Frey comes directly from a family of basket makers, but his entrepreneurial sensibility has made him an exception in the marketplace. Most Wabanaki basket makers practice a traditional version of the craft that has not changed for generations. They have struggled to locate their place within a fickle economy.
Kelly Church, a member of Grand Traverse Band of Ottawa and Chippewa Indians, describes herself as “just a basket maker.” But the Michigan native has taken on the role of an educator over the past five years, traveling the fair circuit with information on the Emerald Ash Borer.
Church traces her conversion to a conference in Indianapolis in 2003, a year after the Michigan outbreak. After asking around the conference to find out who was working on the issue, she was given the name of a person who she was told was collecting information about the ash borer. The person was her cousin in back Michigan.
“That made me realize they didn’t know what was happening,” she said.
Among Church’s informational materials on the beetle, other brochures tell of an effort to collect ash seeds for the federal seed bank in Fort Collins, Colo. Church said grassroots efforts are also underway to teach native people how to store seeds in their own freezers. The technique is less desirable, she said, but it’s better than nothing. “I tell people here [in Maine], ‘You guys have a chance to save your ash trees.’”
Asked why brown ash is important to native basket making, Church gave a number of familiar cultural and material reasons, then after a pause added, “Of course, as natives, we would use what’s available to us.”
The statement could apply to a post-ash basket making economy. Either way it encapsulates the resiliency of native people, who have already adapted the basket making craft twice in the last century to keep up with changes in technology and taste.
Eldon Hanning’s baskets embody both of these changes. The traditional potato baskets hark back to mass-produced versions from the early 20th century, when Maine was the potato capital of the country. The same baskets that once traded hands by the dozens for 50 cents each, Hanning now sells for $50 each as gifts.
As a provider of splints to other basket makers, Hanning sits at an important crossroads in the production line.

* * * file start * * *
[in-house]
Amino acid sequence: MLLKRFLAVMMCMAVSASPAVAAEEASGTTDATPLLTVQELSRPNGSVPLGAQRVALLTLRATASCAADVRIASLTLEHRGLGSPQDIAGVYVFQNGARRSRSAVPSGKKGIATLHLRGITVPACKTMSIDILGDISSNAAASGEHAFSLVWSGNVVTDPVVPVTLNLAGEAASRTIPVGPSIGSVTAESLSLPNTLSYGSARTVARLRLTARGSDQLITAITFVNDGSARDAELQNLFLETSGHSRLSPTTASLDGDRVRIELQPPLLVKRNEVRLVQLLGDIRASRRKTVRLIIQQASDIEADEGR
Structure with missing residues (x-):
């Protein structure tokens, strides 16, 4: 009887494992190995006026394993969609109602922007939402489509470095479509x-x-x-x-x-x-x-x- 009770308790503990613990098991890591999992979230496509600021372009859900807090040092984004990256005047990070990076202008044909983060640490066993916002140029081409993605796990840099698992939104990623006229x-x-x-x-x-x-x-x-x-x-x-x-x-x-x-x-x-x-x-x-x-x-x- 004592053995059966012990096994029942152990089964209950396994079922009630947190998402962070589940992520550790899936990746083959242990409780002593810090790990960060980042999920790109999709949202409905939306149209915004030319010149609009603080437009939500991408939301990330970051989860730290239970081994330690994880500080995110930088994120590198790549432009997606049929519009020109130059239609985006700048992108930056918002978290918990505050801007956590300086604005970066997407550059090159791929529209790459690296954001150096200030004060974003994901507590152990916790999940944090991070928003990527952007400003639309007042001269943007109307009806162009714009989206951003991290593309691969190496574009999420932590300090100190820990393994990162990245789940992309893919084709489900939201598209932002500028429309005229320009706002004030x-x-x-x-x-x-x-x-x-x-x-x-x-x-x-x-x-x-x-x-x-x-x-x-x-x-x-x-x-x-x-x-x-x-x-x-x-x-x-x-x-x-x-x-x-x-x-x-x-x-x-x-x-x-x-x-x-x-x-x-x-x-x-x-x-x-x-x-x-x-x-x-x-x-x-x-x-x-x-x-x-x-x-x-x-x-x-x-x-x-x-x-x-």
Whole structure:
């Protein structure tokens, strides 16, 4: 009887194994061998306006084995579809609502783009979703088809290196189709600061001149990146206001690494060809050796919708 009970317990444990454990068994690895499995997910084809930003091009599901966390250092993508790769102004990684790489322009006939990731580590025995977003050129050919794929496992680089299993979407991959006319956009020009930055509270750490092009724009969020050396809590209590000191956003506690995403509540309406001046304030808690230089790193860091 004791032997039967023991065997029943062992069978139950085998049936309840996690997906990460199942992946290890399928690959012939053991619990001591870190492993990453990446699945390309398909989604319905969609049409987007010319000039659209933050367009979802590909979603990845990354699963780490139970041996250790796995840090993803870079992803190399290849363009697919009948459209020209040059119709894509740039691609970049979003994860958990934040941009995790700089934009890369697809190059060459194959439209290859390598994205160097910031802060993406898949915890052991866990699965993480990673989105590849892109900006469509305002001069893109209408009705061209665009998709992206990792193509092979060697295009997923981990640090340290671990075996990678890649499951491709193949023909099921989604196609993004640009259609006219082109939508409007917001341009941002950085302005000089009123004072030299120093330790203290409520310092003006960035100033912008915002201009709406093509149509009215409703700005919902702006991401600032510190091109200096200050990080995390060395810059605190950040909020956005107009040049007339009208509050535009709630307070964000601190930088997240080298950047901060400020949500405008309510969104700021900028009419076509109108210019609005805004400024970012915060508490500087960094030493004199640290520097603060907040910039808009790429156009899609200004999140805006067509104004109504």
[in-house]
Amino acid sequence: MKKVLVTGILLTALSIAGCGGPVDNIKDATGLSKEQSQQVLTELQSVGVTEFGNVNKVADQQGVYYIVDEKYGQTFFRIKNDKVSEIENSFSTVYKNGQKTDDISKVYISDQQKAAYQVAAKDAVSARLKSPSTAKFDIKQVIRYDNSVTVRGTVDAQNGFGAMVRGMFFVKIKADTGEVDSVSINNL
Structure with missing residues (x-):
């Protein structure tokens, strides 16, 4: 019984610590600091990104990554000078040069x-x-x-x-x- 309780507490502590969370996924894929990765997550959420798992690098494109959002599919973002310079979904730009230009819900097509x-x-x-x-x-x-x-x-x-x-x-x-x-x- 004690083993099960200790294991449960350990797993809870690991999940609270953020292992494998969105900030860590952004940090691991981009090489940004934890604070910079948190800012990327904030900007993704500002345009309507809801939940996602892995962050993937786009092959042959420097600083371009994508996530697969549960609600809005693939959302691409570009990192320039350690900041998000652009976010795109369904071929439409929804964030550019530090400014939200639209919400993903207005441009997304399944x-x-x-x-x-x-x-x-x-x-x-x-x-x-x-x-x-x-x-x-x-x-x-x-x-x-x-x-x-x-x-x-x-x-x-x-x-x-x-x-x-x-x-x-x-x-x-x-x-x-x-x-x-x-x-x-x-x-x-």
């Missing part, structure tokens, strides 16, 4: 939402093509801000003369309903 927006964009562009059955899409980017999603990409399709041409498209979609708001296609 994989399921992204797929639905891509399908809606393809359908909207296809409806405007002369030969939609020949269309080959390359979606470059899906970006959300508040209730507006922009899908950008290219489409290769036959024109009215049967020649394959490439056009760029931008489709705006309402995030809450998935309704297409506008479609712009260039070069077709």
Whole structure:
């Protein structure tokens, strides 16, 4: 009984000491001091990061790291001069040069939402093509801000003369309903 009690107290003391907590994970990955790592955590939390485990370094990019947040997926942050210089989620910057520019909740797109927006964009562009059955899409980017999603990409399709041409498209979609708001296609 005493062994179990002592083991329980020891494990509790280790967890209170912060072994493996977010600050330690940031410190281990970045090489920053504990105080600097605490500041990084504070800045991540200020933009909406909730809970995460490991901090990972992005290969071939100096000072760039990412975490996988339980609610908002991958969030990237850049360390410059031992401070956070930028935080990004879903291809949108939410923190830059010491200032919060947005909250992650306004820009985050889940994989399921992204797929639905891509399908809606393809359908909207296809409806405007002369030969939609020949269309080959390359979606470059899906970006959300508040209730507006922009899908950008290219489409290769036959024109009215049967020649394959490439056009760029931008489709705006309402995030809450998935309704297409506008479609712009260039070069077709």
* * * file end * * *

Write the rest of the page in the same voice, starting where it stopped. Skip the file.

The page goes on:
“If I stopped making splints,” he asked, motioning toward a large tent shading the display tables of 20 or so basket makers, “how many of those people down there do you think would stop making baskets?”
And if the trees ceased to exist?
Hanning, who has the disposition of someone used to looking out for himself, shrugged it off. Picking up a quarter-inch-thick strip of maple from the ground, he split the top with a pocketknife and drew it apart into two strips as he would a piece of brown ash. “A lot of people don’t realize you can do that,” he said.
Hanning also said he could use white ash, but other basket makers like Richard Silliboy haven’t had much luck with the comparatively rigid wood. Silliboy recounted his attempt to make a set of five traditional potato baskets using white ash. Four of the handles snapped as he was assembling them.
“If it affects white ash,” he said, “it could be an economic problem within the forestry companies.”
Silliboy thought it would important for the industries with the resources and legislative power to take the lead in addressing the threat. “Nobody’s going to listen to us,” he said.
The Wabanaki may find an ally in Major League Baseball. Louisville Slugger baseball bats, long the bat of choice in the major leagues, are cut from northern white ash. A link to information on the ash borer appears prominently on the home page of the company’s Web site.
Native people may see some assistance from these industrial giants, or they may be on their own. The Wabanaki basket makers have carried their traditions through generations when native culture has been aggressively pushed to the margins.
For now, the Emerald Ash Borer sits a half-day drive from the Maine border. If the infestation continues to spread at its current rate, the hardest times may be yet to come.